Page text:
The St. Louis Cardinals and the rest of the NL Central were viewed as the best division in baseball in recent years. Now, things have changed.
It wasn’t too long ago that the NL Central was viewed as the most competitive division in baseball. Coming off of a down year in 2019, the Reds built up a ton of talent and it was expected that the division would bounce back, even if the St. Louis Cardinals weren’t pegged to end up winning the division again.
Bleacher Report agreed when they listed the NL Central as second in their preseason division power rankings. However, I don’t think the NL Central would be anywhere near the top after 2020.
The NL Central was the only division in baseball to not have a team win 35 games during the 2020 season. The Cubs ended the season at 34-26, but did so while their core group of stars continued a backward slide. No longer was the middle of the lineup a threat as it used to be. Anthony Rizzo, Kyle Schwarber, Javy Baez, Kris Bryant, and Willson Contreras all still have their star power in name, but the belief is that the Cubs’ core will be broken up before the 2021 season.
After the team signed Jason Heyward, Yu Darvish, and other players to expensive contracts, the payroll swelled to huge heights. Last winter, the Cubs let it slip that even signing anyone more than Daniel Descalso (two years, $7M) was going to be a pinch. Now, after the pandemic ruined revenues, the Cubs are going to have to make some very tough decisions this winter.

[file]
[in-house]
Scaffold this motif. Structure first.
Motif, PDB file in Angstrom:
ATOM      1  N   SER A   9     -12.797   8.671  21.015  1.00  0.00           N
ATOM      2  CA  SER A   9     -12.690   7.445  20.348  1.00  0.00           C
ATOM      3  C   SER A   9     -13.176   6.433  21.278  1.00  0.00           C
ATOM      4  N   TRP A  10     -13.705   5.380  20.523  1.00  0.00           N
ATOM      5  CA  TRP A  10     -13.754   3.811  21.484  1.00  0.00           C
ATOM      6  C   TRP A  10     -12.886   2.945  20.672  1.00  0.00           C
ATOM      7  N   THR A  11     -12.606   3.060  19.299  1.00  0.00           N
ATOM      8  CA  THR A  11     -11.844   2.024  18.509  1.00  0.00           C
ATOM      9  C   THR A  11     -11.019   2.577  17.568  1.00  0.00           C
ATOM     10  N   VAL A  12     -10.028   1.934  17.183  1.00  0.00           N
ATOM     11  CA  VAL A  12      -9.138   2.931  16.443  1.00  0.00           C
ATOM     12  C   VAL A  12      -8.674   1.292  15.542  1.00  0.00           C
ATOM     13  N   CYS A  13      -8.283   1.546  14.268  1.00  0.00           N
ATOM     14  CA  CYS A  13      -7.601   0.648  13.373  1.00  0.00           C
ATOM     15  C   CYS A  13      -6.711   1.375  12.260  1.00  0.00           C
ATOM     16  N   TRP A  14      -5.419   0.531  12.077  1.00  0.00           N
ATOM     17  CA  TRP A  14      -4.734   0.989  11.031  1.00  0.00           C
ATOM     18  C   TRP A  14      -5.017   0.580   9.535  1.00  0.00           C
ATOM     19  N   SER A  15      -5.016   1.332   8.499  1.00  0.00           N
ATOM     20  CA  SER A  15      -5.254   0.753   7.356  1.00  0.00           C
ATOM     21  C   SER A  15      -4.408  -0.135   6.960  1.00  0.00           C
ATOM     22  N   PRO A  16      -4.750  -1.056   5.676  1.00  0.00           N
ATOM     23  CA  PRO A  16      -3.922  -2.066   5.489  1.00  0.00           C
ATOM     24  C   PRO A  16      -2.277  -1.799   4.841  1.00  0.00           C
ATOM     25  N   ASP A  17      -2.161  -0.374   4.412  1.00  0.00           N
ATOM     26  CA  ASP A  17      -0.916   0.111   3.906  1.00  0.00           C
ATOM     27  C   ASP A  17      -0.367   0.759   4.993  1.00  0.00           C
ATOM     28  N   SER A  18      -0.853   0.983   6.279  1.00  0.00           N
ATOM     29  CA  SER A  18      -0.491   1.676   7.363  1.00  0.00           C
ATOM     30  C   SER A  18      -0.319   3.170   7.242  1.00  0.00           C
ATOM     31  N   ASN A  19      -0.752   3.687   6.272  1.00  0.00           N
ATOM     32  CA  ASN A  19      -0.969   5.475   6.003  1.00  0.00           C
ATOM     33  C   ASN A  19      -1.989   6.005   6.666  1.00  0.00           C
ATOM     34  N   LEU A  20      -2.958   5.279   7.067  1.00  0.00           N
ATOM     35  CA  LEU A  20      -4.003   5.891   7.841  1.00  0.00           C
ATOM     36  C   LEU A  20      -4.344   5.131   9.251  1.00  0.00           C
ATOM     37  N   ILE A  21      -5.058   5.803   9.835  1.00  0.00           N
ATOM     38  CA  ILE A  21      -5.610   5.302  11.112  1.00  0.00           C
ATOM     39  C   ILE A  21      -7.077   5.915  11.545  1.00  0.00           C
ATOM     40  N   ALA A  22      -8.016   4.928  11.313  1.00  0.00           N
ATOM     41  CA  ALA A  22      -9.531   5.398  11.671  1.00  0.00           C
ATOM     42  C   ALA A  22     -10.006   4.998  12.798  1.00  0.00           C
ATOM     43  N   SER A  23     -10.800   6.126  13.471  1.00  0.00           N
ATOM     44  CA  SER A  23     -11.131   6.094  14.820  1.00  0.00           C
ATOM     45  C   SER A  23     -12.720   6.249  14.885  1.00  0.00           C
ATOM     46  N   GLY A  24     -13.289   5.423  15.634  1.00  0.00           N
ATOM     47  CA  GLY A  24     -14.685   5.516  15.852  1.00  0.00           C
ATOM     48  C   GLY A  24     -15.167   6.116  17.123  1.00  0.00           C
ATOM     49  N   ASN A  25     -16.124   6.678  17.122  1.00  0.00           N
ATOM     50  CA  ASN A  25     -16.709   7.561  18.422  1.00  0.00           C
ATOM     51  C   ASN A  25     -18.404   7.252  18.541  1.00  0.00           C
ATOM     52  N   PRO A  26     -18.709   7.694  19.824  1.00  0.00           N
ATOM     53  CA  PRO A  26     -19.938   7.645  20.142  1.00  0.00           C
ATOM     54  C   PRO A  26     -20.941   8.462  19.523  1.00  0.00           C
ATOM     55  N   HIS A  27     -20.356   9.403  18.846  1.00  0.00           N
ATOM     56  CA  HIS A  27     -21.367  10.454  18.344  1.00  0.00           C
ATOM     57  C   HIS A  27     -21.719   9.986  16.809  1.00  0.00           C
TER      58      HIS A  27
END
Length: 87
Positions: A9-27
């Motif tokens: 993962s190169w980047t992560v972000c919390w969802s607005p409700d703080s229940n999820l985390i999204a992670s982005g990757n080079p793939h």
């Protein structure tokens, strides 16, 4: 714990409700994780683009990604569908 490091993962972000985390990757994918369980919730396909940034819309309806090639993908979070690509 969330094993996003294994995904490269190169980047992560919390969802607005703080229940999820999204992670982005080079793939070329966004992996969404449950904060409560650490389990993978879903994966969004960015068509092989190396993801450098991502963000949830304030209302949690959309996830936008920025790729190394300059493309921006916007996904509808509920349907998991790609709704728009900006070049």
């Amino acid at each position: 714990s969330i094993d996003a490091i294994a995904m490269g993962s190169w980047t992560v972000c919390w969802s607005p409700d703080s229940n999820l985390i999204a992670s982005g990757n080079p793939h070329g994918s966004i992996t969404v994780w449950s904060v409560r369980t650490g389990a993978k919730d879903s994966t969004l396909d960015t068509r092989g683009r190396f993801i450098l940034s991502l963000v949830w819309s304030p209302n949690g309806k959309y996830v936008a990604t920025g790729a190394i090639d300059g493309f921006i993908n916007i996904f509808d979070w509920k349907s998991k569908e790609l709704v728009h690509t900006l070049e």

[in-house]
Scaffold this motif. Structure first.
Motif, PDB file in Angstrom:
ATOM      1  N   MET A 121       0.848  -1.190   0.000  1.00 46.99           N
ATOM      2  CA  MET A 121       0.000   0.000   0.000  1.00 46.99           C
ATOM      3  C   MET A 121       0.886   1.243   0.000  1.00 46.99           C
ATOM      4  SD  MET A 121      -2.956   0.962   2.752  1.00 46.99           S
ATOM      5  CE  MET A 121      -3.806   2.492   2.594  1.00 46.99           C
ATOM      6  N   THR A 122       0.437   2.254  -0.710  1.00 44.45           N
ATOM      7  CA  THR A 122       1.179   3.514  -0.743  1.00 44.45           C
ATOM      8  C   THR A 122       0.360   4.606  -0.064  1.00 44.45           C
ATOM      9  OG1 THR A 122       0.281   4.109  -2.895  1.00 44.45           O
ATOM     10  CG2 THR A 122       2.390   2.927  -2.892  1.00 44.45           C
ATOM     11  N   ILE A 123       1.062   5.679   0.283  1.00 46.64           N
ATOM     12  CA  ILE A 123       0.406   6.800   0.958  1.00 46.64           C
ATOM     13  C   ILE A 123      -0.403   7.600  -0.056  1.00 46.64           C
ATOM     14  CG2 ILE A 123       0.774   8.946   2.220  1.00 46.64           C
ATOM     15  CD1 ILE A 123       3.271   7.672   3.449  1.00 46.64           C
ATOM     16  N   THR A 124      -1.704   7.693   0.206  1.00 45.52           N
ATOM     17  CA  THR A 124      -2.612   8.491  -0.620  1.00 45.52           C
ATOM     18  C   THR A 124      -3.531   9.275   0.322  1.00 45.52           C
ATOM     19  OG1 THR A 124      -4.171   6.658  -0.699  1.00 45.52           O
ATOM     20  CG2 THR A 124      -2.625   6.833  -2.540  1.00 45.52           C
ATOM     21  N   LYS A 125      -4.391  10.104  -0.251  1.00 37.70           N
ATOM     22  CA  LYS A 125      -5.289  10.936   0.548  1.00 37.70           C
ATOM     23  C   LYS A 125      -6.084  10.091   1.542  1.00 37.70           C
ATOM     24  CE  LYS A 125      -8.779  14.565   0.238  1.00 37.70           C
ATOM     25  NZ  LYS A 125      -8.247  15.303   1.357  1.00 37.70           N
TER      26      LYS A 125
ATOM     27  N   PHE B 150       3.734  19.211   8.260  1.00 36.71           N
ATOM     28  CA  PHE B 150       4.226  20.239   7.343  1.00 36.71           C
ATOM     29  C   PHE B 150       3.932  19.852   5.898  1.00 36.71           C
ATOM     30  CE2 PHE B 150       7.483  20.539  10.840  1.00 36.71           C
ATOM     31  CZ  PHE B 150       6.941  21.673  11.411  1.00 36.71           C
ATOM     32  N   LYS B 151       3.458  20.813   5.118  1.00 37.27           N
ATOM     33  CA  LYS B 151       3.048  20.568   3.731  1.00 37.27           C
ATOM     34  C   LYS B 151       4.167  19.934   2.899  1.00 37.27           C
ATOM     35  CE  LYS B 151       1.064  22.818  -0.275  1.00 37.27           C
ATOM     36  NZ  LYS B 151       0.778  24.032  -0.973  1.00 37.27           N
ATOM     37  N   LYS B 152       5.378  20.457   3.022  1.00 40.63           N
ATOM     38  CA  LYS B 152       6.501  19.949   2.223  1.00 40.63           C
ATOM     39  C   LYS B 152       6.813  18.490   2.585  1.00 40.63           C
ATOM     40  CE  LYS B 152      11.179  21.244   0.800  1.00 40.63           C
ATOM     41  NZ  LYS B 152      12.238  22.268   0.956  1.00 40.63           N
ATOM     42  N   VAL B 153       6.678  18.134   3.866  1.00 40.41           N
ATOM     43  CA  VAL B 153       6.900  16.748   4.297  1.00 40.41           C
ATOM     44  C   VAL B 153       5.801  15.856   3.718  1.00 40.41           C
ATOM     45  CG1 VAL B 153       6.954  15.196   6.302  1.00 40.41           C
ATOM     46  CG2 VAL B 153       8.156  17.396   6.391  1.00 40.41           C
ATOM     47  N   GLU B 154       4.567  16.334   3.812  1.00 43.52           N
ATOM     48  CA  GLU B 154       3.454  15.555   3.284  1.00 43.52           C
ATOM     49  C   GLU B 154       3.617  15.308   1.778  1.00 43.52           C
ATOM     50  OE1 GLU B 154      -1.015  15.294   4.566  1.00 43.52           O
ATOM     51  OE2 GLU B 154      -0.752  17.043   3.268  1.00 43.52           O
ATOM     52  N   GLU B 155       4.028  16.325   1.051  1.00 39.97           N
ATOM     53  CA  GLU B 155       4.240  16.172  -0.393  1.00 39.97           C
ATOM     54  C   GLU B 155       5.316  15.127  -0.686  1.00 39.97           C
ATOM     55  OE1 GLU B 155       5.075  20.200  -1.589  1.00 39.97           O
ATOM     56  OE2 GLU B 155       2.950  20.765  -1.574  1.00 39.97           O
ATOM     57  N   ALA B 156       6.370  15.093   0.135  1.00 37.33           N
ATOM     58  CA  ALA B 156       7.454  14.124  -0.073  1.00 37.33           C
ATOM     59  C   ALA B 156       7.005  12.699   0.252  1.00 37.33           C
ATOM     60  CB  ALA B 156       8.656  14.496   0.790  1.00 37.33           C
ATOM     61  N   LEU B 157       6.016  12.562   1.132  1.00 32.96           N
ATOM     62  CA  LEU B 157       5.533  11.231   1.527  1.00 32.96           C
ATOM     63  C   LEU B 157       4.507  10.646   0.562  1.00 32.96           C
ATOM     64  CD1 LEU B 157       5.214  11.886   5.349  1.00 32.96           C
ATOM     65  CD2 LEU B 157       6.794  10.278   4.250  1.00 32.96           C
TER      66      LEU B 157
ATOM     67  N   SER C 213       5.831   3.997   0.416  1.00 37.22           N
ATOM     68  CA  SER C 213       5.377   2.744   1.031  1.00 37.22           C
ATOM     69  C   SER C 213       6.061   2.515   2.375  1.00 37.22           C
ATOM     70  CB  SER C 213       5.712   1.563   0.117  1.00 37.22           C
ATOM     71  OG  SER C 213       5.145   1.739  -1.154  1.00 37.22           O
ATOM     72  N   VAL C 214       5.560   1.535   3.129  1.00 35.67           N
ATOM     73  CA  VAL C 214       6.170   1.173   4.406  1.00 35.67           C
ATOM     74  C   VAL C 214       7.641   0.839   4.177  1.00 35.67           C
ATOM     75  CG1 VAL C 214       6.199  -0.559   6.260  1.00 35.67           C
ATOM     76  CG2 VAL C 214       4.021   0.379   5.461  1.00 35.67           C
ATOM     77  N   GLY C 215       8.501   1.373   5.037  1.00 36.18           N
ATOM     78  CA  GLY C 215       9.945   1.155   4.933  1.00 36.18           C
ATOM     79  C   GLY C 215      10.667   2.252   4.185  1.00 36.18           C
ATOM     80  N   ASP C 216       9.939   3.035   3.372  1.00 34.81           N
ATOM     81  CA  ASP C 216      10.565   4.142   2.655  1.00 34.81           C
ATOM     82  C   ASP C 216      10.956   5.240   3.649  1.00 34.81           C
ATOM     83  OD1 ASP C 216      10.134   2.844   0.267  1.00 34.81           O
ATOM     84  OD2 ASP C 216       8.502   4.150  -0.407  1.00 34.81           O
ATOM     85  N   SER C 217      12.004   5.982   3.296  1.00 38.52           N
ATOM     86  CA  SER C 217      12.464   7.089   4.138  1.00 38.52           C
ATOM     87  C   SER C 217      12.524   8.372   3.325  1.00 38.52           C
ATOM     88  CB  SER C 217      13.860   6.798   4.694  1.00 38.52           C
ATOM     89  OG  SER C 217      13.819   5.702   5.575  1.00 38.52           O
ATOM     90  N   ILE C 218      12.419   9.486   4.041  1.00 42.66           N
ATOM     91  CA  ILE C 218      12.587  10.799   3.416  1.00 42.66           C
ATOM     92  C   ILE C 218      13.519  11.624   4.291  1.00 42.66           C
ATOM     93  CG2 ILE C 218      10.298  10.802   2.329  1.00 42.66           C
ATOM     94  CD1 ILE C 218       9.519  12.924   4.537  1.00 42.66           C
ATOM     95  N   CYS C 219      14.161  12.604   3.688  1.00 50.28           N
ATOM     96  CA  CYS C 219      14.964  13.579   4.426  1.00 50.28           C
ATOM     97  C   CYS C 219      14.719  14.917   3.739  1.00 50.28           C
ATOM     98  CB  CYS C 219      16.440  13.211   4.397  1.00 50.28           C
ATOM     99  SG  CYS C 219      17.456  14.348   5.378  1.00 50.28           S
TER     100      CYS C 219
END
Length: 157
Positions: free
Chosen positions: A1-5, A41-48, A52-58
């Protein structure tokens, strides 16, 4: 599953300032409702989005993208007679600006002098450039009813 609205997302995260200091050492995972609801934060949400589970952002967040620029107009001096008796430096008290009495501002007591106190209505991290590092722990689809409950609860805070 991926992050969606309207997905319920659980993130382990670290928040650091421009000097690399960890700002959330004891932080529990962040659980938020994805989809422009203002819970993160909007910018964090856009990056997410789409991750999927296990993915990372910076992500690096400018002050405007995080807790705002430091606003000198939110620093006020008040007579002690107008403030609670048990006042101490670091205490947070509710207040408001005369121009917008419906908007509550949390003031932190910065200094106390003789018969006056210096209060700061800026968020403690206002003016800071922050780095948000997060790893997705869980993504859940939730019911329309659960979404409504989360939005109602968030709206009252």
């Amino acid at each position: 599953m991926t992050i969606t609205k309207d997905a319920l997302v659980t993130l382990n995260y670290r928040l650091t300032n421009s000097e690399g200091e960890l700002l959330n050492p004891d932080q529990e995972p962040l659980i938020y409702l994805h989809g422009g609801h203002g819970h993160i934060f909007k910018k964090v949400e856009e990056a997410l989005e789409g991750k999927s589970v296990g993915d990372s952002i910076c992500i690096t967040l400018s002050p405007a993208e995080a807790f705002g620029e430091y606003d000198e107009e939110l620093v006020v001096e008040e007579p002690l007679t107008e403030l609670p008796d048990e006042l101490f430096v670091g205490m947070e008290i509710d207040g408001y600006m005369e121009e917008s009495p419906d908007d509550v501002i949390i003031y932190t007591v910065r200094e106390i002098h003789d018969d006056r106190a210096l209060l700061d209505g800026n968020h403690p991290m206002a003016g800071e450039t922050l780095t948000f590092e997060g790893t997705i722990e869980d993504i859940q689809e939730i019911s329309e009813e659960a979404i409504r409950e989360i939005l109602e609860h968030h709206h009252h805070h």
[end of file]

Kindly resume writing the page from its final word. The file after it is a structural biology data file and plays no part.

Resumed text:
On Tuesday, it was announced that the master craftsman of the Cubs’ current financial predicament, Theo Epstein, was resigning. Just like he did with the Red Sox, Epstein came in, tanked, drafted, spent a TON of money, then left when the inflated payroll led to a dip in performance. Even with the World Series he brought to both cities, there is no question about the state the teams were in when he left.
Epstein’s resignation really does cap off the transition that the NL Central has made from the powerhouse it once was to what it seems to be now.
The Pirates still sit at the bottom of the division without much of a hope for contention anytime soon. The Brewers’ perpetual need for pitching has been solved slightly, but their strategy of acquiring as many utility infielders as possible before 2020 tanked their offense. The Reds brought in talent, but their defense and offensive struggles stood in the way of success. And finally, the Cardinals seem like a team on the rise in the next five years, but not in 2021 for sure.
With most teams cutting back rather than looking to spend, it is tough to imagine the NL Central continuing to be anything but a bottom-tier division in baseball.
The Central will still send at least one team to the playoffs, leaving some hope intact. However, the days of NL Central domination are past us for the time being. Everything is cyclical and the NL Central will regain its pride at some point, but the backward trend across the board has left it in a bad spot.